EXEGETICAL (ORIGINAL LANGUAGES)26. the land of the Hittites] Cappadocia seems to have been the original home of the powerful, non-Semitic race of the Hittites, known to the Egyptians as Ḫeta. They are first mentioned in the inscriptions of Thothmes III (1500 b.c.), in whose time their empire extended southwards to the district of Kommagene, N. of Carchemish. Later on they pushed further south, into the upper valley of the Orontes. Throughout the period of the Tell el-Amarna tablets (c. 1400 b.c.) and of the Assyrian inscriptions from the 12th to the 8th cents. (Tiglath-pileser I to Sargon) ‘the land of the Hittites,’ Matthew Ḫatti, is in N. Syria. This is no doubt the situation intended here and in Jdg 3:3 (corrected), Joshua 1:4, 1 Kings 10:20, 2 Kings 7:6. Later writers, especially P, mention Hittites as settled in Central or Southern Palestine (Hebron), Genesis 23:10 etc., Genesis 26:34, Numbers 13:29, perhaps using the term loosely for the original inhabitants of Canaan. We have no means of identifying the northern Luz. The tradition of its origin reminds us of the story of the northern Dan, Jdg 18:27 ff.Joshua 13:3). The other two, Ashdod and Gath, do not appear to have been conquered at that time. And even those that were conquered, the Judaeans were unable to hold long. In the time of Samson they were all of them in the hands of the Philistines again (see Judges 14:19; Judges 16:1.; 1 Samuel 5:10, etc.). - In Judges 1:19 we have a brief summary of the results of the contests for the possession of the land. "Jehovah was with Judah;" and with His help they took possession of the mountains. And they did nothing more; "for the inhabitants of the plain they were unable to exterminate, because they had iron chariots." הורישׁ has two different meanings in the two clauses: first (ויּרשׁ), to seize upon a possession which has been vacated by the expulsion or destruction of its former inhabitants; and secondly (להורישׁ, with the accusative, of the inhabitants), to drive or exterminate them out of their possessions-a meaning which is derived from the earlier signification of making it an emptied possession (see Exodus 34:24; Numbers 32:21, etc.). "The mountain" here includes the south-land (the Negeb), as the only distinction is between mountains and plain. "The valley" is the shephelah (Judges 1:9). להורישׁ לא, he was not (able) to drive out. The construction may be explained from the fact that לא is to be taken independently here as in Amos 6:10, in the same sense in which אין before the infinitive is used in later writings (2 Chronicles 5:11; Esther 4:2; Esther 8:8; Ecclesiastes 3:14 : see Ges. 132-3, anm. 1; Ewald, 237, e.). On the iron chariots, i.e., the chariots tipped with iron, see at Joshua 17:16. - To this there is appended, in v. 20, the statement that "they gave Hebron unto Caleb," etc., which already occurred in Joshua 15:13-14, and was there explained; and also in Judges 1:12 the remark, that the Benjaminites did not drive out the Jebusite who dwelt in Jerusalem, which is so far in place here, that it shows, on the one hand, that the children of Judah did not bring Jerusalem into the undisputed possession of the Israelites through this conquest, and, on the other hand, that it was not their intention to diminish the inheritance of Benjamin by the conquest of Jerusalem, and they had not taken the city for themselves. For further remarks, see at Judges 1:8.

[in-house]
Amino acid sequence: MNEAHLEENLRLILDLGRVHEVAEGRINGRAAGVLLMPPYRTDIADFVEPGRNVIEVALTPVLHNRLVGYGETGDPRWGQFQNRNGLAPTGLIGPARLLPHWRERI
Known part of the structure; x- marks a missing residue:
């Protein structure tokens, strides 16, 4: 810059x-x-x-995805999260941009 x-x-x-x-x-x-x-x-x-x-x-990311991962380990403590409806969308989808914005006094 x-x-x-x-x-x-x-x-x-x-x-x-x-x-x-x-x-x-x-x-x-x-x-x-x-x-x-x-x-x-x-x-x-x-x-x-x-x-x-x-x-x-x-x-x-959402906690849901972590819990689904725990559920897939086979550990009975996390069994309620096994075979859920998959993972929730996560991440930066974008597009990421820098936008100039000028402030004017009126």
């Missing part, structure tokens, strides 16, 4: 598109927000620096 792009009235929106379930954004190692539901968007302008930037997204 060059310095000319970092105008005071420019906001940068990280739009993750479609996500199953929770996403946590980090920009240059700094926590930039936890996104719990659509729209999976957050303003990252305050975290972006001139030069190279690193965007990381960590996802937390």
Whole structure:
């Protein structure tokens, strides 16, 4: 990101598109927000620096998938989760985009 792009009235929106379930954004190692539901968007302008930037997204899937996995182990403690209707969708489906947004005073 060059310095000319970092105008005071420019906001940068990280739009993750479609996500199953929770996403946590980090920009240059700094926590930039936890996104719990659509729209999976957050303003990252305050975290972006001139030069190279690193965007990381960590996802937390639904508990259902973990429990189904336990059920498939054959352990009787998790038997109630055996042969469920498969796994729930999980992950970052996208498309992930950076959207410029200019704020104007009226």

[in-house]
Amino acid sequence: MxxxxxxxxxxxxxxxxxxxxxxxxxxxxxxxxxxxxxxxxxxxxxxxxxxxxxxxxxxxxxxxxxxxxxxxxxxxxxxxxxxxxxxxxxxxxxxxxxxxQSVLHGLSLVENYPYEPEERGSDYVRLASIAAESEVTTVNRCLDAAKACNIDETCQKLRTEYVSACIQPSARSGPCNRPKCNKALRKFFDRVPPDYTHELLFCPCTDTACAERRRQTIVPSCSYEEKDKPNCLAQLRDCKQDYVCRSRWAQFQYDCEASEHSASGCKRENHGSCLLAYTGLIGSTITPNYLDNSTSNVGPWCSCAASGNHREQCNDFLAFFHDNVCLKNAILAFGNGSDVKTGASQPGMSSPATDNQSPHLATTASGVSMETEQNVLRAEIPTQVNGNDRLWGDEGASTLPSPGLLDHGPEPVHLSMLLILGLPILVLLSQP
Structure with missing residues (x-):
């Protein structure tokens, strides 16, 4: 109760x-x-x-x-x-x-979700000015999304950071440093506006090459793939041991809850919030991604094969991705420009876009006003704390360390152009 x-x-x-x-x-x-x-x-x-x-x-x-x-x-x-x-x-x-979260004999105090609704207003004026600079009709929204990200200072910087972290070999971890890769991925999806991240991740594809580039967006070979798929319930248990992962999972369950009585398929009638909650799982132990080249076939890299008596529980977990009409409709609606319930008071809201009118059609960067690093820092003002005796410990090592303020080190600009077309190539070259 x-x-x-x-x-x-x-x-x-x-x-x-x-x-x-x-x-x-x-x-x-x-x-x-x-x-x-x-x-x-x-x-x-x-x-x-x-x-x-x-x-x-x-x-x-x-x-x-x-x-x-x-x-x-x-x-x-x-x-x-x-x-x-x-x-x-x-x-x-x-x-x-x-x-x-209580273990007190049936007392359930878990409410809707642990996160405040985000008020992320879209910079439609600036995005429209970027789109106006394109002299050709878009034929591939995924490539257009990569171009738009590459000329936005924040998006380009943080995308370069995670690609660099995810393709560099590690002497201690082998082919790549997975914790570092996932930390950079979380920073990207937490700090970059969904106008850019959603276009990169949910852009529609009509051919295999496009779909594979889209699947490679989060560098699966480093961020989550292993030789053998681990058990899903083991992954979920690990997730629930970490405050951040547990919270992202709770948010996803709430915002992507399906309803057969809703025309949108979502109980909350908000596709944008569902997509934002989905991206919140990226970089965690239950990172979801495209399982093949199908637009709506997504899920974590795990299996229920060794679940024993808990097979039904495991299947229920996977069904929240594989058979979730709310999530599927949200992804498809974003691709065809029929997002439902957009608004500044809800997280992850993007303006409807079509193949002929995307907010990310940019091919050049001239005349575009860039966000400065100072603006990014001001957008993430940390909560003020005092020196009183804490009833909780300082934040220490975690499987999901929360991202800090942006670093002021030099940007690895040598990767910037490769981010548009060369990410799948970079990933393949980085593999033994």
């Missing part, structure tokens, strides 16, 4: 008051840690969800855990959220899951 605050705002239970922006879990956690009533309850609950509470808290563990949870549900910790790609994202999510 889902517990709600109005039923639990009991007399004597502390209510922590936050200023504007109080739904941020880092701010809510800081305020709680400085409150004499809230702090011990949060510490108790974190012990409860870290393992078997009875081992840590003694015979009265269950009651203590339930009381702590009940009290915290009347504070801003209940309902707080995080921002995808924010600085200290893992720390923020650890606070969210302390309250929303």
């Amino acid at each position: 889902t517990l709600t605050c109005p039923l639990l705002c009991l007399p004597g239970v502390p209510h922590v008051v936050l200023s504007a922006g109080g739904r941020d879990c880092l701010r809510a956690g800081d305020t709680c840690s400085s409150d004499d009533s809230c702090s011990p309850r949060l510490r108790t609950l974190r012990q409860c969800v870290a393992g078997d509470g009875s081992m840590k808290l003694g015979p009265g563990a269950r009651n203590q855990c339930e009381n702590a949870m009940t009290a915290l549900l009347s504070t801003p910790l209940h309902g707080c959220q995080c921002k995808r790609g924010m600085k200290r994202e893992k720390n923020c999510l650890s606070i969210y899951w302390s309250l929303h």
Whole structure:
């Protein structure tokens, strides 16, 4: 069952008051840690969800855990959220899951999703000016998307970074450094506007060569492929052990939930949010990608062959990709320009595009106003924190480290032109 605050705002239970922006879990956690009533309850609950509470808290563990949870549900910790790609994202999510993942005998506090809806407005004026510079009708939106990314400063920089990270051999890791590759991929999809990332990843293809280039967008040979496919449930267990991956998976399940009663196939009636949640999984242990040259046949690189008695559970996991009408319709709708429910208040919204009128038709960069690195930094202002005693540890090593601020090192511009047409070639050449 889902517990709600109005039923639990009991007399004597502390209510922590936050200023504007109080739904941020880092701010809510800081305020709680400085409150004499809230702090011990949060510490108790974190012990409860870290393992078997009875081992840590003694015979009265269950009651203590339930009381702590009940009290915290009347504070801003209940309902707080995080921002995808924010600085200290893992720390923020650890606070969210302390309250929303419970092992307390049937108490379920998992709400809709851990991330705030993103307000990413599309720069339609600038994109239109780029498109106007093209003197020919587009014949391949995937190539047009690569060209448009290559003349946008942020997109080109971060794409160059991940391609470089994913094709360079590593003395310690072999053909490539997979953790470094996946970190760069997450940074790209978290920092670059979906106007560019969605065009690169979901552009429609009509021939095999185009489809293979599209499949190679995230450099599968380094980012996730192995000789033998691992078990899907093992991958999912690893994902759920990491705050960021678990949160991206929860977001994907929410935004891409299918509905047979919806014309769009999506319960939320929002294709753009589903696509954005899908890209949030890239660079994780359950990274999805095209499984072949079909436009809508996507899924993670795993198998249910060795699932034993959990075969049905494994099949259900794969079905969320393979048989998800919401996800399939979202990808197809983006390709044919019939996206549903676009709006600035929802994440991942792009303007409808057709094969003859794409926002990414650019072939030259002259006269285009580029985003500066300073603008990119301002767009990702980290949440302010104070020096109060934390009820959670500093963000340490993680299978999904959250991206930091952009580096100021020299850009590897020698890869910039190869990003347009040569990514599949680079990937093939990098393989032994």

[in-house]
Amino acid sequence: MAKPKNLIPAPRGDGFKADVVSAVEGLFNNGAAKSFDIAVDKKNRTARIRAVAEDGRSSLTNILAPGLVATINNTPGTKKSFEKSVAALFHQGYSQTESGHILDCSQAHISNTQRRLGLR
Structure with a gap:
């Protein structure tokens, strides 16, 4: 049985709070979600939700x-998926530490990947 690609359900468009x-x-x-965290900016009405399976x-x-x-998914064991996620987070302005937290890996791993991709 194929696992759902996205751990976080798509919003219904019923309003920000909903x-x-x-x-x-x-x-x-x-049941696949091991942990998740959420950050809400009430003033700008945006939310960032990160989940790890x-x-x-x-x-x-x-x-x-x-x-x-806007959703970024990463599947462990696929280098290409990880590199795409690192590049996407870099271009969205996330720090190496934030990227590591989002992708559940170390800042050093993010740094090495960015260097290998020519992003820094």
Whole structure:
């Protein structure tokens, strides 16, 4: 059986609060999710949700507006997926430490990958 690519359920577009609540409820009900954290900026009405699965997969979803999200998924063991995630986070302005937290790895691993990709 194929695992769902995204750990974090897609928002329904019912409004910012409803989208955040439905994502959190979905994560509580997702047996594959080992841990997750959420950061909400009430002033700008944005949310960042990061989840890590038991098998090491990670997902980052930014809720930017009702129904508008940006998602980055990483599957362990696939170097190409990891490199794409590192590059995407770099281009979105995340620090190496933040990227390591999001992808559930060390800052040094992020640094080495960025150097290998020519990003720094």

The hostile attacks of the other tribes upon the Canaanites who remained in the land are briefly summed up in Judges 1:22-36. Of these the taking of Bethel is more fully described in Judges 1:22-26. Besides this, nothing more is given than the list of the towns in the territories of western Manasseh (Judges 1:27, Judges 1:28), Ephraim (Judges 1:29), Zebulun (Judges 1:30), Asher (Judges 1:31, Judges 1:32), Naphtali (Judges 1:33), and Dan (Judges 1:34, Judges 1:35), out of which the Canaanites were not exterminated by these tribes. Issachar is omitted; hardly, however, because that tribe made no attempt to disturb the Canaanites, as Bertheau supposes, but rather because none of its towns remained in the hands of the Canaanites.